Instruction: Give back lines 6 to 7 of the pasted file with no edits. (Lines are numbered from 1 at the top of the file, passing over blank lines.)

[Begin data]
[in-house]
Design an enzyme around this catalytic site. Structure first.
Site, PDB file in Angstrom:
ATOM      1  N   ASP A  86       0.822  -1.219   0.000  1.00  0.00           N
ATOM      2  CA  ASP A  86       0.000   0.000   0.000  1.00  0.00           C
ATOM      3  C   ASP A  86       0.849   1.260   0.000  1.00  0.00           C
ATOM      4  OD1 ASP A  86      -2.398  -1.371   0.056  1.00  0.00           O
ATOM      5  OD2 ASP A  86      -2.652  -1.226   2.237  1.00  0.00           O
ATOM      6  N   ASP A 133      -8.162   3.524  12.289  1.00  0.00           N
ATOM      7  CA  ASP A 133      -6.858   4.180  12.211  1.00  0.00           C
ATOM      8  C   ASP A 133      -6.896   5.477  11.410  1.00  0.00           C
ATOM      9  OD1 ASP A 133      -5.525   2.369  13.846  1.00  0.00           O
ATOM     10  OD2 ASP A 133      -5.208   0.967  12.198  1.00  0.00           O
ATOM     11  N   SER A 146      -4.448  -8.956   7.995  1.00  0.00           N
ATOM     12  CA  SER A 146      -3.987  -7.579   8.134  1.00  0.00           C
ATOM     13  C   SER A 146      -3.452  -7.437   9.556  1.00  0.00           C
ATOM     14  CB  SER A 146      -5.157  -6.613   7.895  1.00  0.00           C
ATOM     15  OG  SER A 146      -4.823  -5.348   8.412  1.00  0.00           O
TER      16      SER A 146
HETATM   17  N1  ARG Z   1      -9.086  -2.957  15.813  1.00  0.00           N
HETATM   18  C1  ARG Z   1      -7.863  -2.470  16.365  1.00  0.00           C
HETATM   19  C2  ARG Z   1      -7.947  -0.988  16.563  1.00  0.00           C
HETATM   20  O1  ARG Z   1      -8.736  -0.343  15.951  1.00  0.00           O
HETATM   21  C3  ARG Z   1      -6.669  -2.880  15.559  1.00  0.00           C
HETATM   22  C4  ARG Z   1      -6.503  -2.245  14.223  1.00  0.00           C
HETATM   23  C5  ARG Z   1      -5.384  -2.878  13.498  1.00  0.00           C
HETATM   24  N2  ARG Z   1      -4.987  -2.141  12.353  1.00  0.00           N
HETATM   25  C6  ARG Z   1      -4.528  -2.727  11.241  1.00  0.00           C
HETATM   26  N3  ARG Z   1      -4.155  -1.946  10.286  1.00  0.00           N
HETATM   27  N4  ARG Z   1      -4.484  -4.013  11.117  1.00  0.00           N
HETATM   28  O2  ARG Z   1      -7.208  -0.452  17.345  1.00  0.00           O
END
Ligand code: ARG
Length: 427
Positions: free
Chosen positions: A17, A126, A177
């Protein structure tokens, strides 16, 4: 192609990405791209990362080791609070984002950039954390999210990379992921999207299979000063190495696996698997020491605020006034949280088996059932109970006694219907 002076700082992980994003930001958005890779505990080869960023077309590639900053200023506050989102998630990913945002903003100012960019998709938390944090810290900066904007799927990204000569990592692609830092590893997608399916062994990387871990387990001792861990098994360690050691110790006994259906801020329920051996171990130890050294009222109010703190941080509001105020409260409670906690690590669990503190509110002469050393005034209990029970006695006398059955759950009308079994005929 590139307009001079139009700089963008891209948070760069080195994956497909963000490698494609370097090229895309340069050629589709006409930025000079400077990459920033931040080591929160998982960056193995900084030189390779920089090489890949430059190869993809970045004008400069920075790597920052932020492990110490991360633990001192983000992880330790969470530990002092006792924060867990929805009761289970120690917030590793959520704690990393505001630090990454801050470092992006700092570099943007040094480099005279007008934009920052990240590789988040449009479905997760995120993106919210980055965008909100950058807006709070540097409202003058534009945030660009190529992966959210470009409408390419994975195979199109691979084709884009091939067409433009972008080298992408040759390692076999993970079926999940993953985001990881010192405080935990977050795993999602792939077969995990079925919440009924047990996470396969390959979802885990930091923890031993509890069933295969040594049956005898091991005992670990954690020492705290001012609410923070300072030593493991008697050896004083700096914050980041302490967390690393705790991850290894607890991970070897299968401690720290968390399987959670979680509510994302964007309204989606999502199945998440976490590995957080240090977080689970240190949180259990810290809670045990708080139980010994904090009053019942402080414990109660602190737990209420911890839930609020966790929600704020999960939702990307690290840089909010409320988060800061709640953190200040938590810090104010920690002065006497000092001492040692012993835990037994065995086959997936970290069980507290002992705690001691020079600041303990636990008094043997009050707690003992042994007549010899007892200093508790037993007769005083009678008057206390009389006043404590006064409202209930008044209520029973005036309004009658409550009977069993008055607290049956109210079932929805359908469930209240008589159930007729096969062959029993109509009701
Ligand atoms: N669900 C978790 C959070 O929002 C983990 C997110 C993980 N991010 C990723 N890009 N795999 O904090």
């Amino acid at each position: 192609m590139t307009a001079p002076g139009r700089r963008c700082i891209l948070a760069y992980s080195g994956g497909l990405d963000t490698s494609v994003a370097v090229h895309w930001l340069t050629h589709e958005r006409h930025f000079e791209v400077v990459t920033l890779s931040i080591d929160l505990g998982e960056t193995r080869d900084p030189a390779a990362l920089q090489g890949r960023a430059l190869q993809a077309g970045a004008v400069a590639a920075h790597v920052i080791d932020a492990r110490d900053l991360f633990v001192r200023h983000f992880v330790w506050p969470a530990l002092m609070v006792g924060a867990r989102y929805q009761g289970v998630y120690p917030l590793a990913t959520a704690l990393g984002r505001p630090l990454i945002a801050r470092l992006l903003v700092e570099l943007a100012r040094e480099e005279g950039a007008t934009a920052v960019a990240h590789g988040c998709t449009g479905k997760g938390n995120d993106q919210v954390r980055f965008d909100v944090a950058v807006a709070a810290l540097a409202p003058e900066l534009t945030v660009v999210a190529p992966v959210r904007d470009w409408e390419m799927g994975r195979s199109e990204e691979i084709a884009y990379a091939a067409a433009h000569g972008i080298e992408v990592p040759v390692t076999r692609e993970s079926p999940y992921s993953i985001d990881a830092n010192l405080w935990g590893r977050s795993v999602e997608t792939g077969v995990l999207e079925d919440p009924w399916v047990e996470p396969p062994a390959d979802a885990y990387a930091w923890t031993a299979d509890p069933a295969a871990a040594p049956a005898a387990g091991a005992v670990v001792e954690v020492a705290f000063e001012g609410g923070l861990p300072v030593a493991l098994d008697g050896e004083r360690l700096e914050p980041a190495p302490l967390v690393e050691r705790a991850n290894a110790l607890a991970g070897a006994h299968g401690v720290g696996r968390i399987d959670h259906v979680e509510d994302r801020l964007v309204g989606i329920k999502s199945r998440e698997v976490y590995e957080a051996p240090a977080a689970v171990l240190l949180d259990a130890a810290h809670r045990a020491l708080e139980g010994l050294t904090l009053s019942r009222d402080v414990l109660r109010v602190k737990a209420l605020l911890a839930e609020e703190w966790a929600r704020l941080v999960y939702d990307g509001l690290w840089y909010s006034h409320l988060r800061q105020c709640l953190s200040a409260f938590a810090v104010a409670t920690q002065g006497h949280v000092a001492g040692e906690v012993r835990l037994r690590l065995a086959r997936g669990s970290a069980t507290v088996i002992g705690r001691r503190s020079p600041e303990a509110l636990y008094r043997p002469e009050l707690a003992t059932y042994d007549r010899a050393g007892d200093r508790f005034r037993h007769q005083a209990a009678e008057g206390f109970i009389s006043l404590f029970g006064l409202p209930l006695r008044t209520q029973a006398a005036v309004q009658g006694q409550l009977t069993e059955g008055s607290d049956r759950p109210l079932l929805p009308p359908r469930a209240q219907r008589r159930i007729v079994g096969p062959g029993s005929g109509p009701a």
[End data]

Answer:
ATOM      3  C   ASP A  86       0.849   1.260   0.000  1.00  0.00           C
ATOM      4  OD1 ASP A  86      -2.398  -1.371   0.056  1.00  0.00           O